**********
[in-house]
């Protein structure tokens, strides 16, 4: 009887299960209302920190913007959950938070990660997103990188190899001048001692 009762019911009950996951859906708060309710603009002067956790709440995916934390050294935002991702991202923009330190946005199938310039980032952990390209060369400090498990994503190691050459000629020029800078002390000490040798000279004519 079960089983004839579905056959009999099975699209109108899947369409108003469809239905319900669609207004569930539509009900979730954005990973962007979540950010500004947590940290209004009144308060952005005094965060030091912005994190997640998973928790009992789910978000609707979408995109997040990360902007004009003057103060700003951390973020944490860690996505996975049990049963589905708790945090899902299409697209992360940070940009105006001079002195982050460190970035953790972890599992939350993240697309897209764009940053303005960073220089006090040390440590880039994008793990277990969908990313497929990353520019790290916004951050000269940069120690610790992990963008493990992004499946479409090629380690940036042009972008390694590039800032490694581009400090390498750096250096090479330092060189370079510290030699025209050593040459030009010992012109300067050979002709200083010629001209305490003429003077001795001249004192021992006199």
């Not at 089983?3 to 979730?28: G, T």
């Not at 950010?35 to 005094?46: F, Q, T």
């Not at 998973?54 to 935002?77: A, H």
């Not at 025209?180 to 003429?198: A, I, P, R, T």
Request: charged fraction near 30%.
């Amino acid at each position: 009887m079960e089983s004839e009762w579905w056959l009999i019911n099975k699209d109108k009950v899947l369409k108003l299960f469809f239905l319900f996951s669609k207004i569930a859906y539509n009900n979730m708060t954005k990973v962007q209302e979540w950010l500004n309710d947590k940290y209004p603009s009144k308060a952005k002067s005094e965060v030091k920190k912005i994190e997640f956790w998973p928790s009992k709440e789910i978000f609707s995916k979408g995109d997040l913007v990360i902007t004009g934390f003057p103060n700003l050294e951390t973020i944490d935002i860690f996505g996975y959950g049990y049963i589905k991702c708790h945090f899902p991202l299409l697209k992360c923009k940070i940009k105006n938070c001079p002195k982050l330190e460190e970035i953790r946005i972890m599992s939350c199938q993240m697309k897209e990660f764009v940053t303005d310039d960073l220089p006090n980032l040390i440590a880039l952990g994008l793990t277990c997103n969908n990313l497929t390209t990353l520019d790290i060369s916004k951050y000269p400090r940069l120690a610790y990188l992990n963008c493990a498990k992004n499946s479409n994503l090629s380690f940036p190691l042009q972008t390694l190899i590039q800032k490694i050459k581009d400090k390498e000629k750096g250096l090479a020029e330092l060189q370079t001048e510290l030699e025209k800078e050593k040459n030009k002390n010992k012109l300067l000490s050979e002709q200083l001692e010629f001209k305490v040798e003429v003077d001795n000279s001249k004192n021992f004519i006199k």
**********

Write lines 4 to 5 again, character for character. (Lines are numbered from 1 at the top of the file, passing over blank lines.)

């Not at 950010?35 to 005094?46: F, Q, T």
């Not at 998973?54 to 935002?77: A, H």